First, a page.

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Faversham home wins praise from relatives and approval of national watchdog

Company news

Care UK’s Kingsfield care centre has been given the seal of approval by a national care watchdog, with residents and relatives praising the home’s commitment to caring and dignity.

The Care Quality Commission (CQC) report, which follows an unannounced inspection of the Jubilee Way home in January, quotes a resident who told inspectors: "It's brilliant here, you can't knock them. It is all good"; while another reported: "The staff are all very good, and they are kind and friendly."

The inspectors examined the home and its records and interviewed team members, residents and relatives before announcing that the home meets the Government’s five standards of quality and safety which are:

  • Treating people with respect and involving them in their care
  • Providing care, treatment & support that meets people's needs
  • Caring for people safely & protecting them from harm
  • Staffing
  • Management

Inspectors also reported that the team ensured people's health needs were met and that health professionals were appropriately contacted. They also noted that team members responded promptly to people and their requests and that the home was visibly clean in all areas, promoting good hygiene and infection control.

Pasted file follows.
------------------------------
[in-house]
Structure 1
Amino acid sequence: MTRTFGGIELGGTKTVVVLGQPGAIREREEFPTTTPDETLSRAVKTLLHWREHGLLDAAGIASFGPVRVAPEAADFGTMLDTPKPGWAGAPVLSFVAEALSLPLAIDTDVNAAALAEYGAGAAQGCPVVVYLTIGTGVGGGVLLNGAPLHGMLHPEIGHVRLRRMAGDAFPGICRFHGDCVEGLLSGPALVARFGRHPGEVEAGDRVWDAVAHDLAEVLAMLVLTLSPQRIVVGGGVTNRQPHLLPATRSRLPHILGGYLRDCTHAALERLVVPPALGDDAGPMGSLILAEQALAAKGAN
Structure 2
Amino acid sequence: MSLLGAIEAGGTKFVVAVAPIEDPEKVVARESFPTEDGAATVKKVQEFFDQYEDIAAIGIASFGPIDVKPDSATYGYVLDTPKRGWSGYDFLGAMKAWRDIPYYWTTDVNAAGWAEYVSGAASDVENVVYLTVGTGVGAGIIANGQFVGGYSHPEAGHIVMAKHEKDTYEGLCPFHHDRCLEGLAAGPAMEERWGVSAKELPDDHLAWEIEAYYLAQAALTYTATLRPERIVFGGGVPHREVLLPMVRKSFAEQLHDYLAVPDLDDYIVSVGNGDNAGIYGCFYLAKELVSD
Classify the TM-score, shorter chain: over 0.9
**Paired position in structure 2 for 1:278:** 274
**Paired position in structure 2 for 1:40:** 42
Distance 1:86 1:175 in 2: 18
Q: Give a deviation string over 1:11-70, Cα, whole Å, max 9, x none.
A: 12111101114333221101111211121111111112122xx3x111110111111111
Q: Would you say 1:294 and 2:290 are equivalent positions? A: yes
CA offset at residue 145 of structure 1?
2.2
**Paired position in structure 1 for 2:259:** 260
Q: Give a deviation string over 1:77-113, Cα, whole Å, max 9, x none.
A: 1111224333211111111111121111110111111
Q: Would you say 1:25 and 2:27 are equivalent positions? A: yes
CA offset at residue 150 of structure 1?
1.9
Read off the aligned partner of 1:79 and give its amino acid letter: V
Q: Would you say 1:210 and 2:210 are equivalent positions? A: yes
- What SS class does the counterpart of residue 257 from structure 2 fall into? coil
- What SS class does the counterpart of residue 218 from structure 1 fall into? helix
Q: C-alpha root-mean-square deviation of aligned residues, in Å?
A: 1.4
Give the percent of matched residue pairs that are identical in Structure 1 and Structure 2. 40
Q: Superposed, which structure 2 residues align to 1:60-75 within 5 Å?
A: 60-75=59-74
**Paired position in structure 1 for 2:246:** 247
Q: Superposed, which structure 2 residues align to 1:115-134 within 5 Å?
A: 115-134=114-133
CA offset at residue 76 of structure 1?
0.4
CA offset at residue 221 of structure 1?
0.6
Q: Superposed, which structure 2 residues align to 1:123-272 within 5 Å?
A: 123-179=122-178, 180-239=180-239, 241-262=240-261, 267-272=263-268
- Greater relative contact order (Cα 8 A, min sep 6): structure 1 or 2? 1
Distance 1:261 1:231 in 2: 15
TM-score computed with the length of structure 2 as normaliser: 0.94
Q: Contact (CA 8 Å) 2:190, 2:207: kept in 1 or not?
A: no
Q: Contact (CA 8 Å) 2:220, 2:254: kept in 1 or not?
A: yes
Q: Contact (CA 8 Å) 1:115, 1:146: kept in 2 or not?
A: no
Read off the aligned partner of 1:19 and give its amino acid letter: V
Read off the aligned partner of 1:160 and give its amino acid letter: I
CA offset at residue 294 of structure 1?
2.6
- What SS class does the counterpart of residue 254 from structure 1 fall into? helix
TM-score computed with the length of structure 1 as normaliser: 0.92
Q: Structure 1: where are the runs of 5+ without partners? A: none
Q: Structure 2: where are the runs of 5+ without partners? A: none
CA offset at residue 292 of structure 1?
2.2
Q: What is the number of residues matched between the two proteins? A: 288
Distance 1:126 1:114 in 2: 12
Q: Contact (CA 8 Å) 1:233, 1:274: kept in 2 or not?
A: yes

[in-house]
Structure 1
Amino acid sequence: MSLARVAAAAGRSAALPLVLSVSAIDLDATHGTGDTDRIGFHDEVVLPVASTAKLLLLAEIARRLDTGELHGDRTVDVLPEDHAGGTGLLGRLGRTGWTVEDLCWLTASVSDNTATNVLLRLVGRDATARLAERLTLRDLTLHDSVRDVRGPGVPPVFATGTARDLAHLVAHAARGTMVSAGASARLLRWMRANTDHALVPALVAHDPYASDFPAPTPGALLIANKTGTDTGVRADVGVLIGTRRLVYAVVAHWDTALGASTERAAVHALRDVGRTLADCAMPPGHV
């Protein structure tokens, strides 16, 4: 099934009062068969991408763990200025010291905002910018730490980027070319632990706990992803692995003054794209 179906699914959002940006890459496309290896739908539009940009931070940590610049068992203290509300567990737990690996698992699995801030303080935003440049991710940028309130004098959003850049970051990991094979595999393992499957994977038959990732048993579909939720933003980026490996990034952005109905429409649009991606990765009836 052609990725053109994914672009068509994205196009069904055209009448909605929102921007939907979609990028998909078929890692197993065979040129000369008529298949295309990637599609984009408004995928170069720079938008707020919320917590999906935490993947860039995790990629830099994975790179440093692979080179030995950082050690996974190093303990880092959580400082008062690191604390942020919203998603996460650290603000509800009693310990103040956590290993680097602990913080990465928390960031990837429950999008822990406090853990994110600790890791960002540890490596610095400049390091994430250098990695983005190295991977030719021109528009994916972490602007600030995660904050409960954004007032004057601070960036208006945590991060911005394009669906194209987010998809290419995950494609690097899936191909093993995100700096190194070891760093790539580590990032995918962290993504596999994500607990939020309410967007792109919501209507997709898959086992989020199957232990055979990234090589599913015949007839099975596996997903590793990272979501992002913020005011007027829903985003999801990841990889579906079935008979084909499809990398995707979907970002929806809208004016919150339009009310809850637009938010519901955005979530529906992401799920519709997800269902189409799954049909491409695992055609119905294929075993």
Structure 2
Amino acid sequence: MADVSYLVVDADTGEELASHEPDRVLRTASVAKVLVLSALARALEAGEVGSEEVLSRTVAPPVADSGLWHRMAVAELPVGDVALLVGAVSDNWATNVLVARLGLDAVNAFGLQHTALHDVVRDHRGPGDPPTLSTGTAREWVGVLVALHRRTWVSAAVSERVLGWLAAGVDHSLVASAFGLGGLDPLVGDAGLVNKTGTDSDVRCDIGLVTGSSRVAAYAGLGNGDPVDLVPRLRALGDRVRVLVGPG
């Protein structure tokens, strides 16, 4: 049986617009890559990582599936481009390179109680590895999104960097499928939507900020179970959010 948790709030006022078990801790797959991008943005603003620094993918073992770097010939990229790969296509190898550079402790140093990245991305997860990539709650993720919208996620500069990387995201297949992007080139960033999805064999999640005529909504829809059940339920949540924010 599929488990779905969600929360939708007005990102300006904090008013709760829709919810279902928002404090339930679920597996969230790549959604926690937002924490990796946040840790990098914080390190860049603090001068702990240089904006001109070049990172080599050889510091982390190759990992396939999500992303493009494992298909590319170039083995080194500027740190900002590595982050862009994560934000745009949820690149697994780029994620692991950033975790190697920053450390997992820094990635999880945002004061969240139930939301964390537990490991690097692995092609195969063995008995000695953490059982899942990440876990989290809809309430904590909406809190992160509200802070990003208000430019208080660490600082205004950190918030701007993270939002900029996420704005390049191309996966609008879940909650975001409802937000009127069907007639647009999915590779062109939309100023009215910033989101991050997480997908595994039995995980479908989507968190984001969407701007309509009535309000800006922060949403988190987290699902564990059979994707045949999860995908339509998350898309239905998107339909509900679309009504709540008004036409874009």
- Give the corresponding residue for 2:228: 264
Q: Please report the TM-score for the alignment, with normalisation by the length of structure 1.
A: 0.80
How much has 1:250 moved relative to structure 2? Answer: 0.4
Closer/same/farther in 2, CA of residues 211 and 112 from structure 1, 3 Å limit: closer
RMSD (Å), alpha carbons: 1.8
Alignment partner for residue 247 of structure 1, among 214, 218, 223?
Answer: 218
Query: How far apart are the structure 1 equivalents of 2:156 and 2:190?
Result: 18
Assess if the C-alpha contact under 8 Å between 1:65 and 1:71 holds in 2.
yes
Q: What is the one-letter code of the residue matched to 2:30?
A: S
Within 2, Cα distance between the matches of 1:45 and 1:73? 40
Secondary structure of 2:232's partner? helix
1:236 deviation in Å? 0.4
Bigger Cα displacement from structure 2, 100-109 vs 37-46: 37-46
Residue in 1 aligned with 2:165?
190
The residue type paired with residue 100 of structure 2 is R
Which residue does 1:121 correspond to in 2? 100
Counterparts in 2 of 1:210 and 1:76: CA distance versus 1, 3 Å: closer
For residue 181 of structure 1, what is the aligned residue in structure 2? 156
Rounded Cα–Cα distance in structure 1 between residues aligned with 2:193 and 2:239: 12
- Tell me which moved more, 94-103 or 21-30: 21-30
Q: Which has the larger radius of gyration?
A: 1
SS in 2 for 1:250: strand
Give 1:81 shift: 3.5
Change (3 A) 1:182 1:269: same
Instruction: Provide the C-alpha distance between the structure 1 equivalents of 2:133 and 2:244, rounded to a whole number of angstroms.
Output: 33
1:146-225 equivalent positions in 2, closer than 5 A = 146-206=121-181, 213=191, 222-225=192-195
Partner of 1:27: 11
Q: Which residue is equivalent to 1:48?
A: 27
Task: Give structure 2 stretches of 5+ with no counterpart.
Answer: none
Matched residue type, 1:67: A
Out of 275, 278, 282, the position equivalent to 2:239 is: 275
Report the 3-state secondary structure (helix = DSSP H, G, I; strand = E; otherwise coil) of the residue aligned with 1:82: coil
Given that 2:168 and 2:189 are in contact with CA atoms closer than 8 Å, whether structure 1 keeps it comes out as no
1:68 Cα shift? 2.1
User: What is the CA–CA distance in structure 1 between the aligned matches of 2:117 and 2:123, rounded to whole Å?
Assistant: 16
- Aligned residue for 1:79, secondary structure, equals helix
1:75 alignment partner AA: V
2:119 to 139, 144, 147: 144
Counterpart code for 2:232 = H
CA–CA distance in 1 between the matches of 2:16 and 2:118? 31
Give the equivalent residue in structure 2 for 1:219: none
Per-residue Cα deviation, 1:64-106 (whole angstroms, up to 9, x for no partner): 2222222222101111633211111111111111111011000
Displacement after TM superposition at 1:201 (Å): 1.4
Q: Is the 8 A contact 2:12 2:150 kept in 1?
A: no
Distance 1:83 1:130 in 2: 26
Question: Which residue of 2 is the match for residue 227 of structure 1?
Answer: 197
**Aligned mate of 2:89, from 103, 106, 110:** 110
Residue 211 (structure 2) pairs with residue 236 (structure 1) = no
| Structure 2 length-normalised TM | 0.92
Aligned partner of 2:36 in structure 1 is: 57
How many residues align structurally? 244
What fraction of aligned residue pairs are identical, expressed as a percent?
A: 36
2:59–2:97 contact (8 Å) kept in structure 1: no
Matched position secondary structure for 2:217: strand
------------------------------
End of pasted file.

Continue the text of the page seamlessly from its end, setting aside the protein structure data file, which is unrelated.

Manager Allison Purkiss said: “Choice is the linchpin of dignity and the team works very hard to provide all our residents with choices about their activities, food and how they receive their care.

“I was very pleased to see that the inspectors highlighted that individuals’ consent and wishes were followed in our care practices. We use a number of methods to communicate with people with dementia, to ensure we understand exactly what they want, and that includes working with relatives and advocates to guarantee a resident’s views are taken into account in their care programme and their daily life.”

As well as examining care plans - which showed all aspects of care, including people's mobility, nutrition, sleep patterns, medication and communication needs were taken into account - the inspectors also examined the home’s activities. Group activities included armchair exercises, sing-alongs, and reminiscence sessions, as well as baking cakes, crafts, games, puzzles, quizzes and films. Outside trips included visits to the local pub for a drink or a meal, visits to garden centres, parks, pantomimes and local walks.

Allison said: “We have three activities coordinators who spend time getting to know residents’ interests and hobbies. As well as organising fun events they also develop activities to increase wellbeing and maintain independence.

“The inspectors commented on the memory boxes outside doors of people living with dementia. The coordinators have helped residents create beautiful boxes which helped them to remember their past and each one is as unique as our residents.”

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